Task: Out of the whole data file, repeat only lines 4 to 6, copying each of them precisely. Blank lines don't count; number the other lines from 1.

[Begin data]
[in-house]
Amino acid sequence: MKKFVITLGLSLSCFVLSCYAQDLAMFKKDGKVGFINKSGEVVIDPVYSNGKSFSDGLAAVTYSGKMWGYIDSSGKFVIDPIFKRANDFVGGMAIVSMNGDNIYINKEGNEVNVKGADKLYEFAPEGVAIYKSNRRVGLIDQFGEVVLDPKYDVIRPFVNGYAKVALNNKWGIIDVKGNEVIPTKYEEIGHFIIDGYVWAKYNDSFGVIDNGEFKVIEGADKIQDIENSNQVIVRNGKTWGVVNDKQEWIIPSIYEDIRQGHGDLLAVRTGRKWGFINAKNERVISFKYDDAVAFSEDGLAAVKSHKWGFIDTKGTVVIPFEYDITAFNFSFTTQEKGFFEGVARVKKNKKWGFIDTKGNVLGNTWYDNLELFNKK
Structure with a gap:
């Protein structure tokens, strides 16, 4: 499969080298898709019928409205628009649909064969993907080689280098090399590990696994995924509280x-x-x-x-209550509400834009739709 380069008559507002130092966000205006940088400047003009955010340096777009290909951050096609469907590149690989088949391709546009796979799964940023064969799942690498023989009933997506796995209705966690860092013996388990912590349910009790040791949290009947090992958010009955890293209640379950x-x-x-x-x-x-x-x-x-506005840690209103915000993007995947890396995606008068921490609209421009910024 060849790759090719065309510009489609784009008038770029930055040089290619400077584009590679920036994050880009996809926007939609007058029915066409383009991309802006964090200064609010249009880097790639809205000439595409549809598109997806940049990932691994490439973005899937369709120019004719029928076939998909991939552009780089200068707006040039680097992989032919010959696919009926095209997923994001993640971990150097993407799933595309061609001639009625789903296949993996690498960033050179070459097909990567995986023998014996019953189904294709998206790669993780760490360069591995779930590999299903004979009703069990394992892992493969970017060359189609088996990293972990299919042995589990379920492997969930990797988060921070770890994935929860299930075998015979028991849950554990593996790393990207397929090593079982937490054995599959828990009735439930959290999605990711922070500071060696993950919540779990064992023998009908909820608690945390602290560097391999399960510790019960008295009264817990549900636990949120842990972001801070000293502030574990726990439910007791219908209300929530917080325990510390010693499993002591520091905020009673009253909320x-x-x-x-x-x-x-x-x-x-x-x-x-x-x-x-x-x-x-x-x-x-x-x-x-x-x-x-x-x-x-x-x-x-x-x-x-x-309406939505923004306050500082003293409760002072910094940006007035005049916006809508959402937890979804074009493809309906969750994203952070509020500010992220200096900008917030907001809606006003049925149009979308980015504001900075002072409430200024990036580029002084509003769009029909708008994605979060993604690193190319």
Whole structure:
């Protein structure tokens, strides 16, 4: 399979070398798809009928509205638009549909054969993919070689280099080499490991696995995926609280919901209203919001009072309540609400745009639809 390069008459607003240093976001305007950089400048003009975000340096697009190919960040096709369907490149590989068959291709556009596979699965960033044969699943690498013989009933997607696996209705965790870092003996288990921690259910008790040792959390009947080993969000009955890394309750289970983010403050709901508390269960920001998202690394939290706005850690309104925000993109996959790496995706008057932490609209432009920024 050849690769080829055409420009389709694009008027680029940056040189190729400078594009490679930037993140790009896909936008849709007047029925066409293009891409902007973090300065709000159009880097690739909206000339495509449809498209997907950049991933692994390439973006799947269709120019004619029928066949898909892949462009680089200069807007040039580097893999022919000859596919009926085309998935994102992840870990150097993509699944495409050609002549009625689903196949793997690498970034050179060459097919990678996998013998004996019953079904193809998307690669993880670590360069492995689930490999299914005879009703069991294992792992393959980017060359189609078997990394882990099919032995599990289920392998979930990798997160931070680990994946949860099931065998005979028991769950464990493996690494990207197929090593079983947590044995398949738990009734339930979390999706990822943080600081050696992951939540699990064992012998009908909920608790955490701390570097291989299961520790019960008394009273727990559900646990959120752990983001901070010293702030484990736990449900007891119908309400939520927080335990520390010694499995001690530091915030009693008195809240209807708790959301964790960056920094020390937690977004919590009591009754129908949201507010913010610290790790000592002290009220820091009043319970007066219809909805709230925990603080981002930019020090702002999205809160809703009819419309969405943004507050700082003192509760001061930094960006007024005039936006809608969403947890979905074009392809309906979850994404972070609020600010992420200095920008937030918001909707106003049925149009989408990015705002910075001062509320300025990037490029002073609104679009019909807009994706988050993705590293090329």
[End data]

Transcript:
């Protein structure tokens, strides 16, 4: 499969080298898709019928409205628009649909064969993907080689280098090399590990696994995924509280x-x-x-x-209550509400834009739709 380069008559507002130092966000205006940088400047003009955010340096777009290909951050096609469907590149690989088949391709546009796979799964940023064969799942690498023989009933997506796995209705966690860092013996388990912590349910009790040791949290009947090992958010009955890293209640379950x-x-x-x-x-x-x-x-x-506005840690209103915000993007995947890396995606008068921490609209421009910024 060849790759090719065309510009489609784009008038770029930055040089290619400077584009590679920036994050880009996809926007939609007058029915066409383009991309802006964090200064609010249009880097790639809205000439595409549809598109997806940049990932691994490439973005899937369709120019004719029928076939998909991939552009780089200068707006040039680097992989032919010959696919009926095209997923994001993640971990150097993407799933595309061609001639009625789903296949993996690498960033050179070459097909990567995986023998014996019953189904294709998206790669993780760490360069591995779930590999299903004979009703069990394992892992493969970017060359189609088996990293972990299919042995589990379920492997969930990797988060921070770890994935929860299930075998015979028991849950554990593996790393990207397929090593079982937490054995599959828990009735439930959290999605990711922070500071060696993950919540779990064992023998009908909820608690945390602290560097391999399960510790019960008295009264817990549900636990949120842990972001801070000293502030574990726990439910007791219908209300929530917080325990510390010693499993002591520091905020009673009253909320x-x-x-x-x-x-x-x-x-x-x-x-x-x-x-x-x-x-x-x-x-x-x-x-x-x-x-x-x-x-x-x-x-x-x-x-x-x-309406939505923004306050500082003293409760002072910094940006007035005049916006809508959402937890979804074009493809309906969750994203952070509020500010992220200096900008917030907001809606006003049925149009979308980015504001900075002072409430200024990036580029002084509003769009029909708008994605979060993604690193190319």
Whole structure:
């Protein structure tokens, strides 16, 4: 399979070398798809009928509205638009549909054969993919070689280099080499490991696995995926609280919901209203919001009072309540609400745009639809 390069008459607003240093976001305007950089400048003009975000340096697009190919960040096709369907490149590989068959291709556009596979699965960033044969699943690498013989009933997607696996209705965790870092003996288990921690259910008790040792959390009947080993969000009955890394309750289970983010403050709901508390269960920001998202690394939290706005850690309104925000993109996959790496995706008057932490609209432009920024 050849690769080829055409420009389709694009008027680029940056040189190729400078594009490679930037993140790009896909936008849709007047029925066409293009891409902007973090300065709000159009880097690739909206000339495509449809498209997907950049991933692994390439973006799947269709120019004619029928066949898909892949462009680089200069807007040039580097893999022919000859596919009926085309998935994102992840870990150097993509699944495409050609002549009625689903196949793997690498970034050179060459097919990678996998013998004996019953079904193809998307690669993880670590360069492995689930490999299914005879009703069991294992792992393959980017060359189609078997990394882990099919032995599990289920392998979930990798997160931070680990994946949860099931065998005979028991769950464990493996690494990207197929090593079983947590044995398949738990009734339930979390999706990822943080600081050696992951939540699990064992012998009908909920608790955490701390570097291989299961520790019960008394009273727990559900646990959120752990983001901070010293702030484990736990449900007891119908309400939520927080335990520390010694499995001690530091915030009693008195809240209807708790959301964790960056920094020390937690977004919590009591009754129908949201507010913010610290790790000592002290009220820091009043319970007066219809909805709230925990603080981002930019020090702002999205809160809703009819419309969405943004507050700082003192509760001061930094960006007024005039936006809608969403947890979905074009392809309906979850994404972070609020600010992420200095920008937030918001909707106003049925149009989408990015705002910075001062509320300025990037490029002073609104679009019909807009994706988050993705590293090329």